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The big question looming over the debate

Presented by Climate Power: POLITICO's must-read briefing on what's driving the afternoon in Washington.
Aug 16, 2023 View in browser

By Eli Okun

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The GOP presidential candidates will have to face Donald Trump's indictments head on at the Milwaukee debate next week. | Charlie Neibergall/AP Photo

REALITY BITES — The criminal charges against DONALD TRUMP out of Fulton County, Ga., are still rocketing around the presidential campaign trail and political firmament today. In the latest bit of 2024 reckoning with 2020, MIKE PENCE forcefully acknowledged the reality that JOE BIDEN won the 2020 election in his first public comments since the latest indictments, even as Trump continues to push the lie that it was stolen.

“The Georgia election was not stolen, and I had no right to overturn the election on Jan. 6,” Pence said, the Indianapolis Star’s Kayla Dwyer reports from the National Conference of State Legislatures’ Legislative Summit in Indianapolis. Though Pence said Trump and the other defendants are innocent until proven guilty, he’s clearly not backing down from this fight.

Nor is Georgia Secretary of State BRAD RAFFENSPERGER: “The most basic principles of a strong democracy are accountability and respect for the Constitution and rule of law,” he posted today on X, the platform formerly known as Twitter. “You either have it, or you don’t.”

All the candidates, not just Pence, will have to face the matter head on at the Milwaukee debate next week, Fox News co-moderator MARTHA MacCALLUM tells Vanity Fair’s Charlotte Klein in a debate preview. “It will absolutely be incumbent upon them to address” Trump’s indictments, MacCallum says. “Voters need to hear how they see it, and the option that they’re trying to provide. It’s very tricky territory for these candidates … [T]hey’re gonna have to be clear on where they stand on it.”

MacCallum also indicates that foreign policy, the economy and abortion will be on the docket, with perhaps less emphasis on other culture-war issues. She and co-moderator BRET BAIER tell Kelly Garrity that they’re preparing for scenarios with and without Trump on stage.

WHAT YOU TALKIN’ BOUT, WILLIS? — DA FANI WILLIS’ proposed timeline to get to trial within half a year might not be realistic, NYT’s Richard Fausset, Danny Hakim and Shaila Dewan report. Racketeering cases can stretch out for quite some time, especially with a lineup of 19 defendants, and experts tell the Times that the process could take years, not months. There won’t just be political delays: The simple logistics will eat up a lot of court dates.

KNOWING SCOTT McAFEE — “Scott McAfee Has Been a Judge Six Months. He Is Now Assigned Trump’s Georgia Case,” by WSJ’s Cameron McWhirter: “McAfee, 34 years old, has spent much of his career as a prosecutor, first for the Fulton County district attorney and later for the U.S. attorney’s office in Atlanta. McAfee was randomly assigned the case, but he has worked for key people involved in the events of 2020.”

MEANWHILE, IN WASHINGTON … The latest federal criminal charges against Trump for trying to subvert the 2020 election have landed among Americans much in the same way previous cases have: An outright (albeit narrow) majority of U.S. adults think Trump broke the law in Georgia, according to a new AP/NORC poll, while much smaller percentages think he either acted unethically but within legal bounds or did nothing wrong.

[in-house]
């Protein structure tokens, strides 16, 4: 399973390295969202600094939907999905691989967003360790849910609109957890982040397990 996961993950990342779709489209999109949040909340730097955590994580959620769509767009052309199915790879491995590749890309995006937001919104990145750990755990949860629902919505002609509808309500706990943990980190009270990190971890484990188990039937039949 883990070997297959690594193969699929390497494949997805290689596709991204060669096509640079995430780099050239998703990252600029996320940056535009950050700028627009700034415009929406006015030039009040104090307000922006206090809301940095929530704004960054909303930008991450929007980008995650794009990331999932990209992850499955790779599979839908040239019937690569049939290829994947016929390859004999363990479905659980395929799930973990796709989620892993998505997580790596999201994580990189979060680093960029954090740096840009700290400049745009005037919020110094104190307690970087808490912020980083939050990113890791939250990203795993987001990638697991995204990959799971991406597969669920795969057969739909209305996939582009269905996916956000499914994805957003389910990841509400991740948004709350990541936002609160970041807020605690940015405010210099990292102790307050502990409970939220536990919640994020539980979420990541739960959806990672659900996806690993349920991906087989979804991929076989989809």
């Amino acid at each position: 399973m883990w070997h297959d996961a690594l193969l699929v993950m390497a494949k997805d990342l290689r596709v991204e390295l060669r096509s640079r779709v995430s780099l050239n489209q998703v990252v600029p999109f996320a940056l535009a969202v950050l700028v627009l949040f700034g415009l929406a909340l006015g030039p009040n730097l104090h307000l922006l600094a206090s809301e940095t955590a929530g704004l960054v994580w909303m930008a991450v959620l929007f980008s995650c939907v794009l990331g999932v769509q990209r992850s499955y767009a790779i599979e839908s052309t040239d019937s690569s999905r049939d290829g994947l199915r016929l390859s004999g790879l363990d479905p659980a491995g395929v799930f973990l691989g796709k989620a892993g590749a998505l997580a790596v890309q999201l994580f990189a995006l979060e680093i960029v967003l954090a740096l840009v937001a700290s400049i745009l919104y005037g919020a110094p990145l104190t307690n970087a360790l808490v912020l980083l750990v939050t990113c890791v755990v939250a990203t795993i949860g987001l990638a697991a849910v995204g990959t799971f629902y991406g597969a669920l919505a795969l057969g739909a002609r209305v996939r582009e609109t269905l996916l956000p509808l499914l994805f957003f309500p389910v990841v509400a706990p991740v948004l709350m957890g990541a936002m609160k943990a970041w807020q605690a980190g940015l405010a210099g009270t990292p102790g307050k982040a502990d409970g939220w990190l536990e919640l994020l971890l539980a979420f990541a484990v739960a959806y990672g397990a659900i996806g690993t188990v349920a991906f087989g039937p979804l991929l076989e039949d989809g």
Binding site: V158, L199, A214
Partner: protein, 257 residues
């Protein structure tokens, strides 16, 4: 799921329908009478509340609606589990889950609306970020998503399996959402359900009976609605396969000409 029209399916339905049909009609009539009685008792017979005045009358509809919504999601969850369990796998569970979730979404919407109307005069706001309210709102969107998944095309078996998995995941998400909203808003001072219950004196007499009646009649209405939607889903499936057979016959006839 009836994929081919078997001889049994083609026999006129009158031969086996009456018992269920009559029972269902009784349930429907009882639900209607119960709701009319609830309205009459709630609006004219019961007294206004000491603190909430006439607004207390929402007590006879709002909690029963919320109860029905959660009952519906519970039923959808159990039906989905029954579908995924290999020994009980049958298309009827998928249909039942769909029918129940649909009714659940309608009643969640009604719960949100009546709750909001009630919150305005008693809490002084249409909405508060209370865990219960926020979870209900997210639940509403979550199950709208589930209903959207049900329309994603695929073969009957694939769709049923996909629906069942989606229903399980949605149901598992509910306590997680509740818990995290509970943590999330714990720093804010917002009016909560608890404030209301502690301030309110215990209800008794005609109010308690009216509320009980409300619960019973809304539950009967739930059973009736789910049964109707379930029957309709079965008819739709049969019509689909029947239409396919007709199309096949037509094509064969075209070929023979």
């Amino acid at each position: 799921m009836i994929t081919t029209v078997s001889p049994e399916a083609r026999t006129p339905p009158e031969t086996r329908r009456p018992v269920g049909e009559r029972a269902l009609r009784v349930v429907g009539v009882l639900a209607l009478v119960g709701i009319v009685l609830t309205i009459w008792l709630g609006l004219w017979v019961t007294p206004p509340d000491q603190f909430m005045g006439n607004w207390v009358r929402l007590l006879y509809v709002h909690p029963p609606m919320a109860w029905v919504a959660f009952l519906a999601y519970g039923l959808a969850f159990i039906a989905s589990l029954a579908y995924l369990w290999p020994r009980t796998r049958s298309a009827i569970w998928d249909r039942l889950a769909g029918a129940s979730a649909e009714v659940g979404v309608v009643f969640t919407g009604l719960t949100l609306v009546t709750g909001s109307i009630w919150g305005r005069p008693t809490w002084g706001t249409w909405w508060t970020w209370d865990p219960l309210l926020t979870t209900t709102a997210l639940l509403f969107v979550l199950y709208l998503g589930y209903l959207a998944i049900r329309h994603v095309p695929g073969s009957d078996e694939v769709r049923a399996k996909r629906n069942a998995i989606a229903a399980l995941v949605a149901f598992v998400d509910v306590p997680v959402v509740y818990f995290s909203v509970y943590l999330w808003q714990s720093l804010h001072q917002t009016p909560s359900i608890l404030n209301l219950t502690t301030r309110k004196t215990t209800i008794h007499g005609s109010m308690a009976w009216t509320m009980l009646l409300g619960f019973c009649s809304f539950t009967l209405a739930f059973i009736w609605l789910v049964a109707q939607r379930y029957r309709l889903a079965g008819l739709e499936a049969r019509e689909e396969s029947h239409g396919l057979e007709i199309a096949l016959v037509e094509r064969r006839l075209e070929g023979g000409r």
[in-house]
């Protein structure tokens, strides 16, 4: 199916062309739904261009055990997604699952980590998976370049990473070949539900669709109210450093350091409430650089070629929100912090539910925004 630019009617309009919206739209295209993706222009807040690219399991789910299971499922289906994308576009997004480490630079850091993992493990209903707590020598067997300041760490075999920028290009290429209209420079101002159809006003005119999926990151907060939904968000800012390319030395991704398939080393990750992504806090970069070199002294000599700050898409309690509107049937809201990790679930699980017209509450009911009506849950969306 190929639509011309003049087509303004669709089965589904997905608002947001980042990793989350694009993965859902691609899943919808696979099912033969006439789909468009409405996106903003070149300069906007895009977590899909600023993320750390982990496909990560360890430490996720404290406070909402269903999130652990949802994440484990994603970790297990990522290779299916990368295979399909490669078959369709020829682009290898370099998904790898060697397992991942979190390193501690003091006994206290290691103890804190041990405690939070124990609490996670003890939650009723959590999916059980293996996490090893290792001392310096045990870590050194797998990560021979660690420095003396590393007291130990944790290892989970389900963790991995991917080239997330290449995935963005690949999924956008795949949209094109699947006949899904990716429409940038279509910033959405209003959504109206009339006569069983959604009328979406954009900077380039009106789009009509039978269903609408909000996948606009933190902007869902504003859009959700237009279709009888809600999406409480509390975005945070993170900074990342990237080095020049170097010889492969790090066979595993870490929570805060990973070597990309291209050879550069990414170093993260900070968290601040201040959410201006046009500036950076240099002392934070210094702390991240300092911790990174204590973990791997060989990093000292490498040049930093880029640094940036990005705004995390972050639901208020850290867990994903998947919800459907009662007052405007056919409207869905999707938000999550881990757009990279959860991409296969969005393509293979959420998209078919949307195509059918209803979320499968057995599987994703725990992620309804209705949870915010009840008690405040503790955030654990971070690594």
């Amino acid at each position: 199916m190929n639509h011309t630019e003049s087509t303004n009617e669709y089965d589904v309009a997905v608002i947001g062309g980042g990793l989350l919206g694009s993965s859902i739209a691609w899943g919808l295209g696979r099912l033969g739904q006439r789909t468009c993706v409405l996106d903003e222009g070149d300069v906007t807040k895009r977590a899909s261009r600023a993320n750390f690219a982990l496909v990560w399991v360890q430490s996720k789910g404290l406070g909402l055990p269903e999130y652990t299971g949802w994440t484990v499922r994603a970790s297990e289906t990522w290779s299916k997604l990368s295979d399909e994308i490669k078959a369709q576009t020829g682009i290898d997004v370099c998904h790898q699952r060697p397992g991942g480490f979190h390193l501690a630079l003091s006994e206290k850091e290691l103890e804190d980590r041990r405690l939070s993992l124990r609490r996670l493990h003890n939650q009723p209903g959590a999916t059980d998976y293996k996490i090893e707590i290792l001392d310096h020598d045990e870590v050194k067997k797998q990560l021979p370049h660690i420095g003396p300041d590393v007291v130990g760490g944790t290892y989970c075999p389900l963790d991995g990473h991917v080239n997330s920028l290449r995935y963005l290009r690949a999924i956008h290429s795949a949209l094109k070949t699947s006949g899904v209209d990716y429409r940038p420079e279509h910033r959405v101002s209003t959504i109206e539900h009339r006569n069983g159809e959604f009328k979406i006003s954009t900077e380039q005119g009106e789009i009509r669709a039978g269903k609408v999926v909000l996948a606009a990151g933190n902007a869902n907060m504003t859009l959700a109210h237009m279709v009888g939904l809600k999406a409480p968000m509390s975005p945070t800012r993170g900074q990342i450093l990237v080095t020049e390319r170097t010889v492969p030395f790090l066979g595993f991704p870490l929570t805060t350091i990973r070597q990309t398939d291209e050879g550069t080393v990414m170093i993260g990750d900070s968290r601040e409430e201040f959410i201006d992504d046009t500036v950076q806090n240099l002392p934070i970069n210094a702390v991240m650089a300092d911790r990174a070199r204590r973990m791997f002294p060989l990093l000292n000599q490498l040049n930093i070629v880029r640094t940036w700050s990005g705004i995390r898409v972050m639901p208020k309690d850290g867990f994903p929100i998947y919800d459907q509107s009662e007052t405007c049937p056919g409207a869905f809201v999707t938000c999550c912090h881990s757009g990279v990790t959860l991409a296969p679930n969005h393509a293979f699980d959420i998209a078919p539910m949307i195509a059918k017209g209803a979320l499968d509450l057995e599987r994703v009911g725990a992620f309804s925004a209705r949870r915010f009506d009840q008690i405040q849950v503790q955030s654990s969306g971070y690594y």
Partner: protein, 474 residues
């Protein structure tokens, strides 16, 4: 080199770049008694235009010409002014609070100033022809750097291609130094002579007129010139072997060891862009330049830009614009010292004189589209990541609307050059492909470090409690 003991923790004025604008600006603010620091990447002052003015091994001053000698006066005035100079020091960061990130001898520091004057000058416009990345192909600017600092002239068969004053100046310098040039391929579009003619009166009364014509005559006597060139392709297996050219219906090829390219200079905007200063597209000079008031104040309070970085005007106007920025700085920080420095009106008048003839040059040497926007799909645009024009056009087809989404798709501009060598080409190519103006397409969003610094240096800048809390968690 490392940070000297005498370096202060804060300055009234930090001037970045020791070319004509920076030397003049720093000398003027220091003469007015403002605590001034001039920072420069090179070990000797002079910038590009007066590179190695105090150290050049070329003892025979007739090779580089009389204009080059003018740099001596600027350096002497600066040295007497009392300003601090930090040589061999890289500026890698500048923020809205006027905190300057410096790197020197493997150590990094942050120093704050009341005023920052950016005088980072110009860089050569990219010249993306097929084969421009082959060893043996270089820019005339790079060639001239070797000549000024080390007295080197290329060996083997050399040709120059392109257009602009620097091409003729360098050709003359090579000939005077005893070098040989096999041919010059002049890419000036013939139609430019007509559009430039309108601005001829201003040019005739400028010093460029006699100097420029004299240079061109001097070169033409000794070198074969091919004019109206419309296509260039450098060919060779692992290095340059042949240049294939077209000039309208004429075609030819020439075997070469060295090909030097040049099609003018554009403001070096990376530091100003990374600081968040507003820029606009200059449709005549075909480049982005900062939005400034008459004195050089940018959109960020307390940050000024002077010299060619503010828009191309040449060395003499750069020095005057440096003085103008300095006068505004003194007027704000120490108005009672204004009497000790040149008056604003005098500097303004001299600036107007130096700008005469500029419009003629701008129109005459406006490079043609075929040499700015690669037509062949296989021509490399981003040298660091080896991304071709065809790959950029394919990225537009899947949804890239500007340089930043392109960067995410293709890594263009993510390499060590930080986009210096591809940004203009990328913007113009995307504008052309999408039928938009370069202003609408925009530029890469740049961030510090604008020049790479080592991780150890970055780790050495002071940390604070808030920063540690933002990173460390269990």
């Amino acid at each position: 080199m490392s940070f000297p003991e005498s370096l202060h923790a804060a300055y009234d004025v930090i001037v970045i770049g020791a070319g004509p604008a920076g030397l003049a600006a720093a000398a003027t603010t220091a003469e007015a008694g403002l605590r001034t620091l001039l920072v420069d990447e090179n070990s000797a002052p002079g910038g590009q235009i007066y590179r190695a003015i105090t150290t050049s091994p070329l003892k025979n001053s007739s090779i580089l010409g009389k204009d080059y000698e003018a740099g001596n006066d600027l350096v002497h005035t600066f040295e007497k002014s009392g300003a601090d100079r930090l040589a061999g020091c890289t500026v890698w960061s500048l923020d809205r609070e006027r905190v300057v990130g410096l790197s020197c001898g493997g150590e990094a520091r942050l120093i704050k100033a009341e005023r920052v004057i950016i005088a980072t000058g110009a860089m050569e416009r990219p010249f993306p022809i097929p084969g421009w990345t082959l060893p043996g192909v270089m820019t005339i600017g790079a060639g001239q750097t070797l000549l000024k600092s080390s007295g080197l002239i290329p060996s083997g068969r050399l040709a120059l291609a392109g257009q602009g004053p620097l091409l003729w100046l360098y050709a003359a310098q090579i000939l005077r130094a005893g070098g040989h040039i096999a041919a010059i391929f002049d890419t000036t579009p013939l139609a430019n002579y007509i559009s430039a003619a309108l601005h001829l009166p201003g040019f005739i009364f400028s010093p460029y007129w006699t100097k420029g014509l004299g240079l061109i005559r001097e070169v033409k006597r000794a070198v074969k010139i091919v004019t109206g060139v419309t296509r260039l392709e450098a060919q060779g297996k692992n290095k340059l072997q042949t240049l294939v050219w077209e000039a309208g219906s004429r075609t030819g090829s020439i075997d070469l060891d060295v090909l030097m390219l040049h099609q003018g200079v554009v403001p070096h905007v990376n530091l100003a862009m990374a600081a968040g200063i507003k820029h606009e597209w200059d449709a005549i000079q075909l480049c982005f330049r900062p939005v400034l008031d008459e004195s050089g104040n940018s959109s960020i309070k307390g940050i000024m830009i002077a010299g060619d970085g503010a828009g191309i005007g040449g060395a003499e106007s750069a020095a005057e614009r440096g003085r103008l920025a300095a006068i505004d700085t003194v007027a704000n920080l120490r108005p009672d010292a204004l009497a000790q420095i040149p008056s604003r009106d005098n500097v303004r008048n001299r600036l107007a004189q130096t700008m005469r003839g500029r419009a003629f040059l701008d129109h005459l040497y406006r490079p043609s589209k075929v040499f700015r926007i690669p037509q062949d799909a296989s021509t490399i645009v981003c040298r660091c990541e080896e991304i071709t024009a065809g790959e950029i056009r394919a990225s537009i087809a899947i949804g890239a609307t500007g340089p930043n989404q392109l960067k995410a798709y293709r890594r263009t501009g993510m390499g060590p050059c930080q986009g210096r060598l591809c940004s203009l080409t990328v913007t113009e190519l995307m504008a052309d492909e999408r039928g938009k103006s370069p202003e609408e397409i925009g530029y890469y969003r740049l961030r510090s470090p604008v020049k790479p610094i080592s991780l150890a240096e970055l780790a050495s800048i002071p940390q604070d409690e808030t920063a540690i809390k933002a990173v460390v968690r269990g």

And though the survey again finds Trump’s standing strong among Republicans, 64% of Americans say they definitely (53%) or probably (11%) would not vote for him in November 2024. On the other hand, Biden does only a bit better: His numbers are 43% and 11%, which also adds up to a majority of the country.

TANYA CHUTKAN’S CONUNDRUM — “‘Biased.’ ‘Corrupt.’ ‘Deranged.’ Trump’s Taunts Test Limits of Release,” by NYT’s Maggie Haberman, Jonathan Swan and Alan Feuer: “Some lawyers have said that if Mr. Trump were an ordinary citizen issuing these attacks, he would be in jail by now. The question is whether Mr. Trump will face consequences for this kind of behavior ahead of a trial.”

Good Wednesday afternoon. Thanks for reading Playbook PM. Drop me a line at [email protected].


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HORROR IN HAWAII — The Bidens will travel to Maui on Monday in the wake of the country’s deadliest wildfire in more than a century, the White House announced today. They’ll survey the devastation and meet with officials who are leading the recovery efforts.


MAJOR MILESTONE — As the Inflation Reduction Act turns one, with Biden leading a White House celebration this afternoon, an array of stories today try to take stock of its impact on America. One new Energy Department report forecasts that the IRA and the Bipartisan Infrastructure Law together will save Americans from $27-38 billion on electricity costs by the end of the decade, The Hill’s Zack Budryk scoops. It also forecasts a 41% reduction in greenhouse gas emissions from 2005 levels by 2030, compared to 27% if the laws hadn’t passed. (Biden’s goal is 50%.)

— The IRS has boosted its headcount to almost 90,000, its highest number in more than a decade, with the infusion of IRA cash, NYT’s Alan Rappeport reports. As the agency has grown in the past year, it’s also been able to digitize more operations and improve customer service.

— And the drug pricing debate has changed for good, experts tell Axios’ Tina Reed and Jason Millman. Even though the outcome of forthcoming Medicare negotiations is unclear — and court challenges loom — “the political terms the IRA set will be enshrined in future health policy debates.”

— “New Tax-Credit Market Aims to Funnel Billions to Clean Energy,” by WSJ’s Amrith Ramkumar: “A government plan to let companies cut their taxes by financing clean-energy projects kicked off with a deal to help fund a $1.5 billion wind-energy transaction that officials hope will spur tens of billions of dollars in climate financing. The tax-credit plan is part of the climate legislation.”

The political fallout: To mark the anniversary, the Senate GOP-aligned One Nation is launching a six-figure digital ad buy criticizing Sen. JOE MANCHIN (D-W.Va.) for the law, NBC’s Bridget Bowman scoops. The ad says Manchin “played a pivotal role in writing President Biden’s green energy scheme. … Now, 100,000 West Virginia jobs are at risk.”